[OpenSCAD] DXF for cut and engrave

nop head nop.head at gmail.com
Thu Oct 24 17:24:19 EDT 2019

You can project 3D shapes onto a 2D plane and export them as SVG or DXF
files using projection().

On Thu, 24 Oct 2019 at 22:20, Rob Ward <rl.ward at bigpond.com> wrote:

> One of my requests from a while ago was to be able to "draw" or render an
> elevation (or designated plane) of a 3-D model into a 2-D line art (SVG?).
> I could use this in two practical ways. First for documentation purposes,
> and secondly to be able to print "proof of fit" paper shapes to quickly
> check if things work.
> A third way this thread reveals (unfortunately I don't own a laser) is CAM
> packages could be developed from this format to control various forms of
> cutting tools. Just like there are many STL to Gcode "slicers" around to
> choose from, a similar ecosystem could spring from this feature in OpenSCAD.
> Whether an edge is considered a line around a shape or how a colour is
> interpreted, layers etc etc is left up to the CAM interpreter, of which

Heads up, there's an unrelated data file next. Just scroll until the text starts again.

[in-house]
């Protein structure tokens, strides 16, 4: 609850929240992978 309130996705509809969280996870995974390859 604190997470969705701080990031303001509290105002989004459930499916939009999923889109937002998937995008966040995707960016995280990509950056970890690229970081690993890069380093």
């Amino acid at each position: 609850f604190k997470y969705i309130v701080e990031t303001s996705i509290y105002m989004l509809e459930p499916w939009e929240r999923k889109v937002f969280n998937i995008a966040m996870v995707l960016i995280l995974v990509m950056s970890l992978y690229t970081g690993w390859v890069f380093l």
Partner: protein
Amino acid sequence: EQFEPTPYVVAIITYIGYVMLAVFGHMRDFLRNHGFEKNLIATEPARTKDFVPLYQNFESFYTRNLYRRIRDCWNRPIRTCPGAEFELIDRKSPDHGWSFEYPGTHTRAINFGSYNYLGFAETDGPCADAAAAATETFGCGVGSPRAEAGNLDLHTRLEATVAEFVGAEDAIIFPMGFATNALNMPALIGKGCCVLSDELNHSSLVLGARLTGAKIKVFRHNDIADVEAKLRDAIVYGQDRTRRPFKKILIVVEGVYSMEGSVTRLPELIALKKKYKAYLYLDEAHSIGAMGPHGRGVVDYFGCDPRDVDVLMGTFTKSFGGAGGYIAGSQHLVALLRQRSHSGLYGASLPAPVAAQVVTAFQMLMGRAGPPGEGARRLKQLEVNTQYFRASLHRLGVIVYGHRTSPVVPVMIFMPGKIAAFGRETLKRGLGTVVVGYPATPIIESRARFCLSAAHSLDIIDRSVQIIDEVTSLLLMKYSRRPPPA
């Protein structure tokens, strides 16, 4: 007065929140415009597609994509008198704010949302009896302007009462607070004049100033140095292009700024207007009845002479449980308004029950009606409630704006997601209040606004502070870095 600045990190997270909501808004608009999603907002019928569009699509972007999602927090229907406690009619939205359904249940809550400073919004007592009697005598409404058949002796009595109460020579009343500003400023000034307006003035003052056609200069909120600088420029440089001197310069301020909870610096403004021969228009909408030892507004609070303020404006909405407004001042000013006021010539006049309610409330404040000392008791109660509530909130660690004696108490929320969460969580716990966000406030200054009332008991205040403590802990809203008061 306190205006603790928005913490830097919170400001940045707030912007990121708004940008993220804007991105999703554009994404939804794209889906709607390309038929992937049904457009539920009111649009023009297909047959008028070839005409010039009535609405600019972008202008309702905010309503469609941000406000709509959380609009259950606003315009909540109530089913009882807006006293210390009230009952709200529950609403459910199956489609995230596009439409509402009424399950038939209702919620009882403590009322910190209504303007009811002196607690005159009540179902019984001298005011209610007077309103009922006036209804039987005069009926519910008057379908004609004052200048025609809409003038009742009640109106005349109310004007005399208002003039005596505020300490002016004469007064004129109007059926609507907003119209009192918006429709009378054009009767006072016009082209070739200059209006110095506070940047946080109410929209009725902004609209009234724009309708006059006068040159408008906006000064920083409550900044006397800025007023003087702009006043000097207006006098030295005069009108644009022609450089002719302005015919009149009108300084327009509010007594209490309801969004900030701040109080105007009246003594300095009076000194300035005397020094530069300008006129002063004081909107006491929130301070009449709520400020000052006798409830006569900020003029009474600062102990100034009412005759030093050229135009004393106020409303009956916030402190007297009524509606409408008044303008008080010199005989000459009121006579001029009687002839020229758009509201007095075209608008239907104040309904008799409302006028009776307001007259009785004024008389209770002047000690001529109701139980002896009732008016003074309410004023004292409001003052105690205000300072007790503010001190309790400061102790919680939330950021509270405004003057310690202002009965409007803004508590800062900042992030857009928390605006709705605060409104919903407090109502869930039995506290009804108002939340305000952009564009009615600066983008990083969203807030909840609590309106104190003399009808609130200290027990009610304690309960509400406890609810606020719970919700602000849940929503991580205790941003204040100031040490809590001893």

> there could be many flavours. However at least a standardized OpenSCAD
> approach to a 2-D rendering system would be a major step in focussing
> efforts to progress in this area.
> Just viewing this discussion as a very basic, but most appreciative,
> OpenSCAD User.
> Cheers, RobW
> On 25 October 2019 1:37:03 am AEDT, Torsten Paul <Torsten.Paul at gmx.de>
> wrote:
>> On 24.10.19 15:22, Troberg wrote:
>>> OpenSCAD does 2D fairly good, so usually it works out,
>>> but there are two missing primitives which would help
>>> a lot: line and point.
>> That question does come up now and again, but nobody
>> really took the plunge to design something that fits
>> into OpenSCAD.
>> It's not as simple as just adding line() as that
>> would break some of the current assumptions. However
>> I believe having a state with unclosed polygons is
>> not a problem in general as for example this happens
>> inside of text() too.
>> Just to highlight what I mean, here's some dummy code
>> that could model something resembling the letter L
>> p = [
>>   [36,-5],[12,-5],[12,-48)],[6,-48],[6, 0],[36, 0]
>> ];
>> polygon() {
>>   point(p[0]);
>>   for (a = [1:len(p)])
>>     line(p[a - 1], p[a]);
>> }
>> Now that looks not very impressive as this would
>> work with just polygon(p) too, but text() also uses
>> quadratic and cubic splines. At that point it gets
>> much more interesting I think.
>> In the example above, the polygon() would also mean
>> that at this point the polygon is closed and could
>> be extruded to 3D. Without that guaranty it would be
>> still exportable to DXF or SVG.
>> ciao,
>>   Torsten.
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